THE news that hundreds of twitchers have descended on a quiet coastal village in Hampshire to catch a glimpse of an incredibly rare Spanish sparrow may prompt some of us to dust off our binoculars
to look out for unusual birds in our own gardens.
And what better time? With the RSPB’s annual Big Garden Birdwatch on Saturday and Sunday, January 28 and 29, when people are invited to spend an hour recording the birds they see in their own
gardens and surrounding area to help provide a snapshot of bird numbers and species in Britain, we may see something other than wood pigeons or magpies.
The mild winter so far should have proved beneficial to birds in this country because there will have been more natural food available, according to the RSPB.
However, it is crucial that gardeners still top up their feeders and birdbaths because if it does turn cold, the birds will need sustenance, the charity warns.
Last year’s results showed that some of the smaller birds which decreased in numbers the previous year bounced back.
Sightings of goldcrests doubled, long-tailed tits increased by a third and coal tits by a quarter.
But in the last 30 years many species have been in decline.
Sightings of house sparrows, robins, chaffinches and starlings have all declined since 1979, while wood pigeons and collared doves have shown big increases.
Indeed, wood pigeons have become a pest to gardeners who grow their own winter brassicas such as kale and purple sprouting broccoli, providing a veritable feast for these large birds.
Some gardeners say the pigeons can be deterred by hanging up red cloths. Others resort to covering crops using netting.
“Wood pigeons are happy in lots of different habitats, unlike other birds which aren’t so adaptable,” said Richard Bashford, of the RSPB.
“Some birds avoid gardens because they are so timid but wood pigeons and collared doves do well in gardens. They eat fruits, berries, grains and seeds and aren’t fussy.”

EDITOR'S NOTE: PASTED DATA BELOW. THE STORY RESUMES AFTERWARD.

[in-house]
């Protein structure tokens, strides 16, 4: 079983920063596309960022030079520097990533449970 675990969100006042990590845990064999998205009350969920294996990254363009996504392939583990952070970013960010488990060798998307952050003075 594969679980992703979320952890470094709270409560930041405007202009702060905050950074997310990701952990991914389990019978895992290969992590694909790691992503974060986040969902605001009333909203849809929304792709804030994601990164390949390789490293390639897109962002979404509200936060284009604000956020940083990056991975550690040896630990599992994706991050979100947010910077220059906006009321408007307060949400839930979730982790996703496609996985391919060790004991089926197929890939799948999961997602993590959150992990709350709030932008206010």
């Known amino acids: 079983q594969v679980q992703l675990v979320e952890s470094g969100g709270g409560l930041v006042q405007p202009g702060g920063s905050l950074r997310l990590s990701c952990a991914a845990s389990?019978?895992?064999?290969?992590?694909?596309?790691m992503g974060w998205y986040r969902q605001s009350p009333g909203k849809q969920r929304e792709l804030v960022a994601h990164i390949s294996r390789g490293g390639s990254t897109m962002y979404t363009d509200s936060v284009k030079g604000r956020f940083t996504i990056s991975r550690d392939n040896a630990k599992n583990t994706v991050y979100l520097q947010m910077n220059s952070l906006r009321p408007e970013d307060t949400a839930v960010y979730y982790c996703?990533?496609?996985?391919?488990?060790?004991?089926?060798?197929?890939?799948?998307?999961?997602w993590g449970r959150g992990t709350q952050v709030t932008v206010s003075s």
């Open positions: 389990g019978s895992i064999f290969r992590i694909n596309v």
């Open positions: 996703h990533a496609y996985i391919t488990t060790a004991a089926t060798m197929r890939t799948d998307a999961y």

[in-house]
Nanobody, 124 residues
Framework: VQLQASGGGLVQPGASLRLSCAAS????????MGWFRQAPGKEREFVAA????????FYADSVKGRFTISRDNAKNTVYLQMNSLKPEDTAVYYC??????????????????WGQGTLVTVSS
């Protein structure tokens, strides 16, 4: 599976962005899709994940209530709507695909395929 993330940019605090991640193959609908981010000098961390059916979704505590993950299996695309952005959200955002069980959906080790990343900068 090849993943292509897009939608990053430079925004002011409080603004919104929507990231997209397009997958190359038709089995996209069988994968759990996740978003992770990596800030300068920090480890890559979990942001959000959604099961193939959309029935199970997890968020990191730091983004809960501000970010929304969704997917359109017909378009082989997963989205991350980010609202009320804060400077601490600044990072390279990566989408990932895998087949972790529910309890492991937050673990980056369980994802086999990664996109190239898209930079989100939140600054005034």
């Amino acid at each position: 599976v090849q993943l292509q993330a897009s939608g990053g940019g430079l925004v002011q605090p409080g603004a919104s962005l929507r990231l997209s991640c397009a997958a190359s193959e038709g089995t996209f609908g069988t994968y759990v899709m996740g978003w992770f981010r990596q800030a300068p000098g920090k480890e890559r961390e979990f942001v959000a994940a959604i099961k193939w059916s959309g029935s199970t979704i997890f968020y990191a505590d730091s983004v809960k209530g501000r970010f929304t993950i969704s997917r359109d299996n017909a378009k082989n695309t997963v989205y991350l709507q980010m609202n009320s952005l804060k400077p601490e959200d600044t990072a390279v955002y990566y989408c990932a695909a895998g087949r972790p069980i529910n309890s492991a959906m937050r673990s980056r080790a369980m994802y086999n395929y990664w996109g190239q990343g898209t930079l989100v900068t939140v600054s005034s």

However, there are specific foods which smaller birds love and which you might consider when refilling your bird feeders.
Small birds such as goldfinches love nyjer seeds and sunflower seeds. Peanuts are rich in fat and are popular with tits, greenfinches, house sparrows, nuthatches, great spotted woodpeckers and
Crushed or grated nuts attract robins, dunnocks and even wrens.
But never use salted or dry roasted peanuts and only buy from a reputable source.
Fat balls are great for many birds, especially in cold weather, but make sure you remove them from any nylon mesh before putting them out, as birds can catch their feet in the mesh.
Live food such as mealworms are relished by robins and blue tits, and may attract other insecteating birds such as pied wagtails.
Make sure the mealworms you buy are fresh. Any dead or discoloured ones shouldn’t be used as they can cause problems such as salmonella poisoning. Again, buy from a reputable source.
Of course, your own planting scheme can also go some way to making your garden a haven for birds.
A good hedgerow, with a mixture of deciduous trees, shrubs and climbers, will provide birds with both shelter and food. Leave an area of your lawn to grow long, to encourage insects to it, and add
some nectar-rich plants such as knapweed, red hot pokers, Michaelmas daisies, snapdragons, cornflowers and cosmos to your border.
Red and yellow flowers are said to be the most frequented by birds.
House sparrows can often be seen attacking red and yellow flowers in spring and autumn, eating buds and petals. Berried plants including the spindle bush, the rowan, holly and hawthorn are also a
magnet to birds.
When buying bird food, avoid seed mixtures that have split peas, beans, dried rice or lentils as again only the large species can eat them dry. Consider also that kitchen scraps such as cut-up
fruit, cake crumbs, grated cheese and uncooked porridge oats are likely to attract bigger birds.
If you select your bird food carefully, hopefully you’ll soon have a host of winged visitors – and not only the large ones – to your garden.
For more information, visit rspb.org.uk/birdwatch.